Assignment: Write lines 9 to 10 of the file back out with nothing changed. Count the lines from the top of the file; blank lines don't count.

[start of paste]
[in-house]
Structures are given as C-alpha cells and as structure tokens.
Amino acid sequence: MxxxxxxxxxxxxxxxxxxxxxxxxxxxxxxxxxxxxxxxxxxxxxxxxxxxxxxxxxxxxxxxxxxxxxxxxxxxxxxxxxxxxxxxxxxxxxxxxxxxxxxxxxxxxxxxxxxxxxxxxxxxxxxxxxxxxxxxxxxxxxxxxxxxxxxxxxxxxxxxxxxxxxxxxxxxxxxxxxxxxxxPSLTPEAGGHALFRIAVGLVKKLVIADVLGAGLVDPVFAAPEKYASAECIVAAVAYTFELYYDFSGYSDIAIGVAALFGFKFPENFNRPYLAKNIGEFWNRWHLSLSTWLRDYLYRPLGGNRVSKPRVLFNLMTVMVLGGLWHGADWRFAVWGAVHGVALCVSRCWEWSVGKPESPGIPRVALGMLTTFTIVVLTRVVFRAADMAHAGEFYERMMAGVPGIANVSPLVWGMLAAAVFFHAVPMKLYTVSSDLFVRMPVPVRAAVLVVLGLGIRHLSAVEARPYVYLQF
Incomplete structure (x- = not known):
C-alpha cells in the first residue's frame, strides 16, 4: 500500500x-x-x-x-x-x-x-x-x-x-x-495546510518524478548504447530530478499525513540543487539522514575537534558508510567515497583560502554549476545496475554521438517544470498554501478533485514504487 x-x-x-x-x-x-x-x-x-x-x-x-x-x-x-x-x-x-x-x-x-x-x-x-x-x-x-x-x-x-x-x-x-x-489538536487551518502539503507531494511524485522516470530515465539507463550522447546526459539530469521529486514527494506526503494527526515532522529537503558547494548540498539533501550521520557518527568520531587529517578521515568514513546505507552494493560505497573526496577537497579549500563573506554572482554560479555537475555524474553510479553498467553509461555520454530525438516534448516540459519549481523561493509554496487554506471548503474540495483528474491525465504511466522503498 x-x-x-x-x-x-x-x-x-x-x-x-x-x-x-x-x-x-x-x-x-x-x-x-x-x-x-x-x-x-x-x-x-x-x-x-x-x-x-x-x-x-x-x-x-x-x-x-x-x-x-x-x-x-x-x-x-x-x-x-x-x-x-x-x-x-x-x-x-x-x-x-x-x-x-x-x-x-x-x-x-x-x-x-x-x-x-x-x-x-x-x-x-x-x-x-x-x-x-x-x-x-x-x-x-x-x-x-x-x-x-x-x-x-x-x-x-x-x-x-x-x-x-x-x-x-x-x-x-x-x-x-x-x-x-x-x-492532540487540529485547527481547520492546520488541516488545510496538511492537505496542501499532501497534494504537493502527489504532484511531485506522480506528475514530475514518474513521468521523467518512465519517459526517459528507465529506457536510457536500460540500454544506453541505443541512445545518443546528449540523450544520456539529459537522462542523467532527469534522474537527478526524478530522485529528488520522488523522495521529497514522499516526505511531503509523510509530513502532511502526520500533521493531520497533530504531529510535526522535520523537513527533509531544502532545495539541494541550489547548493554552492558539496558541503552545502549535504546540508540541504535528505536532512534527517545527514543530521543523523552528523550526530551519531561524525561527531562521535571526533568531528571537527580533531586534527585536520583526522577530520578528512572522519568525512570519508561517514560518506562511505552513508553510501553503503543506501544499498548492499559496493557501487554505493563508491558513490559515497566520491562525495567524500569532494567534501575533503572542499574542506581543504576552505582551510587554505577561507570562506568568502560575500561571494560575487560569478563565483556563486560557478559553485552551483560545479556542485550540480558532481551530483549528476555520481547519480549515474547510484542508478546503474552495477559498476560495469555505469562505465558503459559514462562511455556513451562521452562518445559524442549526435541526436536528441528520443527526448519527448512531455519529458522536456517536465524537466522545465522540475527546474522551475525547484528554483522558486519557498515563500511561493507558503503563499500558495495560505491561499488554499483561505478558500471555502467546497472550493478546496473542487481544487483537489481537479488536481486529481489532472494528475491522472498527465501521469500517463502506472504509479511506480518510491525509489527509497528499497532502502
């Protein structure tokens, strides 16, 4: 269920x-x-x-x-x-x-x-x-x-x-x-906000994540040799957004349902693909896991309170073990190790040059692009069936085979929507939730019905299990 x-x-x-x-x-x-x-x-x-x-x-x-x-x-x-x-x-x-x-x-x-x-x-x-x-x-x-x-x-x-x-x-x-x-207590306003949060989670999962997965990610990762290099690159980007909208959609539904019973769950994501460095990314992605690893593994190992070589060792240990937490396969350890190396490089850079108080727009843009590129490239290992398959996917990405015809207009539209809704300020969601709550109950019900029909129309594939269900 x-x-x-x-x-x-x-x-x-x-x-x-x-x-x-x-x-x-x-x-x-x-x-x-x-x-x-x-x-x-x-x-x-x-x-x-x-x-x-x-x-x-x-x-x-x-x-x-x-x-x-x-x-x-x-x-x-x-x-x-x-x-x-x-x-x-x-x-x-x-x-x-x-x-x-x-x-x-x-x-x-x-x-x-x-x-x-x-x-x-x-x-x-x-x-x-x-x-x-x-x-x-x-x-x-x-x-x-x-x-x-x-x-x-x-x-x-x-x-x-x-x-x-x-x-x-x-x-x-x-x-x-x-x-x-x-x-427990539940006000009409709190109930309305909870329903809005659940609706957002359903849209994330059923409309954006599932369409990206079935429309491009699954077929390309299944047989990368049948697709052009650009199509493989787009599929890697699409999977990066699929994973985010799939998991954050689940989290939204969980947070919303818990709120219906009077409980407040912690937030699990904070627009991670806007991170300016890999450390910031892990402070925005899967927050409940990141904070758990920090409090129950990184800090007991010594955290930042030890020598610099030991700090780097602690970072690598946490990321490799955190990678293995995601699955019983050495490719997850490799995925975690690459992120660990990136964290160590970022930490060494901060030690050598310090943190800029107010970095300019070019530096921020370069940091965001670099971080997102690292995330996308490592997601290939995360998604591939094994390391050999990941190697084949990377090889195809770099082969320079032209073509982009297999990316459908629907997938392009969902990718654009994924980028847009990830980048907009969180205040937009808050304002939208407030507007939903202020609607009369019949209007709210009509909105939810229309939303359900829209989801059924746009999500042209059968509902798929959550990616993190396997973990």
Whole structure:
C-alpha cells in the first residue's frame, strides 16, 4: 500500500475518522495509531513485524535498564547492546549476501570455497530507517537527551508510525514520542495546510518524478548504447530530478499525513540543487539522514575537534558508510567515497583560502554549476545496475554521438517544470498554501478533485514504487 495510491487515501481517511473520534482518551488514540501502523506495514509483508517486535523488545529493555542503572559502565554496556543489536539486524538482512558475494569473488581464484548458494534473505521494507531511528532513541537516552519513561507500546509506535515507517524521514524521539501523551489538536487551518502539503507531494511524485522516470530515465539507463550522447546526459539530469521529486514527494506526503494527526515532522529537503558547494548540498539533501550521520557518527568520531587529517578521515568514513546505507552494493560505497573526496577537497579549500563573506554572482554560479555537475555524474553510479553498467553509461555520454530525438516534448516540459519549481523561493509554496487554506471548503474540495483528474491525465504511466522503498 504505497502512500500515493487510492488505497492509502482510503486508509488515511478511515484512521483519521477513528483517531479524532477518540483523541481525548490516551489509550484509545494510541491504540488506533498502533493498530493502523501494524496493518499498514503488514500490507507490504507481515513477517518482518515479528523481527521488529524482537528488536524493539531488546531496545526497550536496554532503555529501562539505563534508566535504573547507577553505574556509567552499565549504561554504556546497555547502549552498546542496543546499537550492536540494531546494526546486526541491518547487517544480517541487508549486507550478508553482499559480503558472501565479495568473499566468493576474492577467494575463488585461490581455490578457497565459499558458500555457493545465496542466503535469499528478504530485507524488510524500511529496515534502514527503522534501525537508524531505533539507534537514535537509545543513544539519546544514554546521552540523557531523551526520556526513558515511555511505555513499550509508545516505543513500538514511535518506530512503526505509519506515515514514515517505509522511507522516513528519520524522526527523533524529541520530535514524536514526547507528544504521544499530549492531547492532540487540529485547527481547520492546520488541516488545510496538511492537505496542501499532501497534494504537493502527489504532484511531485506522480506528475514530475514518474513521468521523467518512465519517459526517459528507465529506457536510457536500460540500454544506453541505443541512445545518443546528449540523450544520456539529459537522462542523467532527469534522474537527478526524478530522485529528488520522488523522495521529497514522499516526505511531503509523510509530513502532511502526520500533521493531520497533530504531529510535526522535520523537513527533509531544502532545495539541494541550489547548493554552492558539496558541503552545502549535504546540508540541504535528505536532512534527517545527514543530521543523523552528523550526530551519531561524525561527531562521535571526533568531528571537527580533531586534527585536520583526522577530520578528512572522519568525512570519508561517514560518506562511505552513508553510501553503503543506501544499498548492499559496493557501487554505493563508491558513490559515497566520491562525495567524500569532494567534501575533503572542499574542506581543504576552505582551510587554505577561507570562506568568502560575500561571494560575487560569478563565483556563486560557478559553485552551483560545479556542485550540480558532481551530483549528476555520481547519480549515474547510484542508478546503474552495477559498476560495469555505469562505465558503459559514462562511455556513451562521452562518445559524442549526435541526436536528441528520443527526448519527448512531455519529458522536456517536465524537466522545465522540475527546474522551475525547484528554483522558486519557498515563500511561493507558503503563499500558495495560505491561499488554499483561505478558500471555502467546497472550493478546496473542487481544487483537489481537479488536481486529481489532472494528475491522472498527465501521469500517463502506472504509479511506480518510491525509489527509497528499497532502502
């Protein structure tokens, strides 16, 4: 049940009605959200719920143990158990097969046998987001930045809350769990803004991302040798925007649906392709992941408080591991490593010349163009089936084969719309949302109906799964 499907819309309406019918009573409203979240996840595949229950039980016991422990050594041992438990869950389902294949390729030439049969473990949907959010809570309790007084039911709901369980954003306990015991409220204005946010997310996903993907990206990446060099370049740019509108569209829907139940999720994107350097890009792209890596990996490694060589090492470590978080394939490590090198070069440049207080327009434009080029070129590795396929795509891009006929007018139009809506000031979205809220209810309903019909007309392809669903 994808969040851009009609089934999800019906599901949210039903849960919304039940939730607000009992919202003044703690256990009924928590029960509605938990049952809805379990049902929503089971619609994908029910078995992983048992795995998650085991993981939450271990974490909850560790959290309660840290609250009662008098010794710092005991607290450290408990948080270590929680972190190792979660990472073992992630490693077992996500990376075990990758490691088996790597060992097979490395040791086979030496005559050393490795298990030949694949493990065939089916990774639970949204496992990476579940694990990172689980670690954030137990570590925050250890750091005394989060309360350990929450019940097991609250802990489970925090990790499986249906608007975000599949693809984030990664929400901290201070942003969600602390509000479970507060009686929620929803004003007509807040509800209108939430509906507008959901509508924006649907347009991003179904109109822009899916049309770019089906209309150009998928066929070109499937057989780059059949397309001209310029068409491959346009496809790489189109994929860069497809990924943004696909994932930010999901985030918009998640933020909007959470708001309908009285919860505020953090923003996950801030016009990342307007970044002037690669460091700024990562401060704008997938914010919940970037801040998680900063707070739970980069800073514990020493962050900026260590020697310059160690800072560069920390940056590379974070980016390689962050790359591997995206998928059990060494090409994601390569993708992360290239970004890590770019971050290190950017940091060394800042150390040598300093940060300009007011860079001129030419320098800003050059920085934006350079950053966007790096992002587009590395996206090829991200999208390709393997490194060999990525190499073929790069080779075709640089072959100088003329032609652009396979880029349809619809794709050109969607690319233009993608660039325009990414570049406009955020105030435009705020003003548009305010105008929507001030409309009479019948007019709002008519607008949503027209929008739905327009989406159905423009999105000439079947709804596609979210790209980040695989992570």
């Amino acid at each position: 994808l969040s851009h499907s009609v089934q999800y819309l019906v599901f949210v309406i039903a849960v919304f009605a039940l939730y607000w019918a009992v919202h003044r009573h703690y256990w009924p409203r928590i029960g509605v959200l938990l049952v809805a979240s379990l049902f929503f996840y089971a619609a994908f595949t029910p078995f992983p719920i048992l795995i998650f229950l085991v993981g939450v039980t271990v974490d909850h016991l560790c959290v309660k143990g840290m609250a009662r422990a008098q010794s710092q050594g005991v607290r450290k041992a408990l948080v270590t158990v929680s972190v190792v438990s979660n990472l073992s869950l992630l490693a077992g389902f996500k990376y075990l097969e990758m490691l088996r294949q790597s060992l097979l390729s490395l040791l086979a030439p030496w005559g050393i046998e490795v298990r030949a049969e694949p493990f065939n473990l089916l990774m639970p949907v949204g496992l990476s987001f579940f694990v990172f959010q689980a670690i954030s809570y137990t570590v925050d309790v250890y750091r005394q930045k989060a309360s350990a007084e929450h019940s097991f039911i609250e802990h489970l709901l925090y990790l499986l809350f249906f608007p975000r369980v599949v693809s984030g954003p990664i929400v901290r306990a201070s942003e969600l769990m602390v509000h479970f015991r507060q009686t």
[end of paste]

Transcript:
């Protein structure tokens, strides 16, 4: 049940009605959200719920143990158990097969046998987001930045809350769990803004991302040798925007649906392709992941408080591991490593010349163009089936084969719309949302109906799964 499907819309309406019918009573409203979240996840595949229950039980016991422990050594041992438990869950389902294949390729030439049969473990949907959010809570309790007084039911709901369980954003306990015991409220204005946010997310996903993907990206990446060099370049740019509108569209829907139940999720994107350097890009792209890596990996490694060589090492470590978080394939490590090198070069440049207080327009434009080029070129590795396929795509891009006929007018139009809506000031979205809220209810309903019909007309392809669903 994808969040851009009609089934999800019906599901949210039903849960919304039940939730607000009992919202003044703690256990009924928590029960509605938990049952809805379990049902929503089971619609994908029910078995992983048992795995998650085991993981939450271990974490909850560790959290309660840290609250009662008098010794710092005991607290450290408990948080270590929680972190190792979660990472073992992630490693077992996500990376075990990758490691088996790597060992097979490395040791086979030496005559050393490795298990030949694949493990065939089916990774639970949204496992990476579940694990990172689980670690954030137990570590925050250890750091005394989060309360350990929450019940097991609250802990489970925090990790499986249906608007975000599949693809984030990664929400901290201070942003969600602390509000479970507060009686929620929803004003007509807040509800209108939430509906507008959901509508924006649907347009991003179904109109822009899916049309770019089906209309150009998928066929070109499937057989780059059949397309001209310029068409491959346009496809790489189109994929860069497809990924943004696909994932930010999901985030918009998640933020909007959470708001309908009285919860505020953090923003996950801030016009990342307007970044002037690669460091700024990562401060704008997938914010919940970037801040998680900063707070739970980069800073514990020493962050900026260590020697310059160690800072560069920390940056590379974070980016390689962050790359591997995206998928059990060494090409994601390569993708992360290239970004890590770019971050290190950017940091060394800042150390040598300093940060300009007011860079001129030419320098800003050059920085934006350079950053966007790096992002587009590395996206090829991200999208390709393997490194060999990525190499073929790069080779075709640089072959100088003329032609652009396979880029349809619809794709050109969607690319233009993608660039325009990414570049406009955020105030435009705020003003548009305010105008929507001030409309009479019948007019709002008519607008949503027209929008739905327009989406159905423009999105000439079947709804596609979210790209980040695989992570």
């Amino acid at each position: 994808l969040s851009h499907s009609v089934q999800y819309l019906v599901f949210v309406i039903a849960v919304f009605a039940l939730y607000w019918a009992v919202h003044r009573h703690y256990w009924p409203r928590i029960g509605v959200l938990l049952v809805a979240s379990l049902f929503f996840y089971a619609a994908f595949t029910p078995f992983p719920i048992l795995i998650f229950l085991v993981g939450v039980t271990v974490d909850h016991l560790c959290v309660k143990g840290m609250a009662r422990a008098q010794s710092q050594g005991v607290r450290k041992a408990l948080v270590t158990v929680s972190v190792v438990s979660n990472l073992s869950l992630l490693a077992g389902f996500k990376y075990l097969e990758m490691l088996r294949q790597s060992l097979l390729s490395l040791l086979a030439p030496w005559g050393i046998e490795v298990r030949a049969e694949p493990f065939n473990l089916l990774m639970p949907v949204g496992l990476s987001f579940f694990v990172f959010q689980a670690i954030s809570y137990t570590v925050d309790v250890y750091r005394q930045k989060a309360s350990a007084e929450h019940s097991f039911i609250e802990h489970l709901l925090y990790l499986l809350f249906f608007p975000r369980v599949v693809s984030g954003p990664i929400v901290r306990a201070s942003e969600l769990m602390v509000h479970f015991r507060q009686t």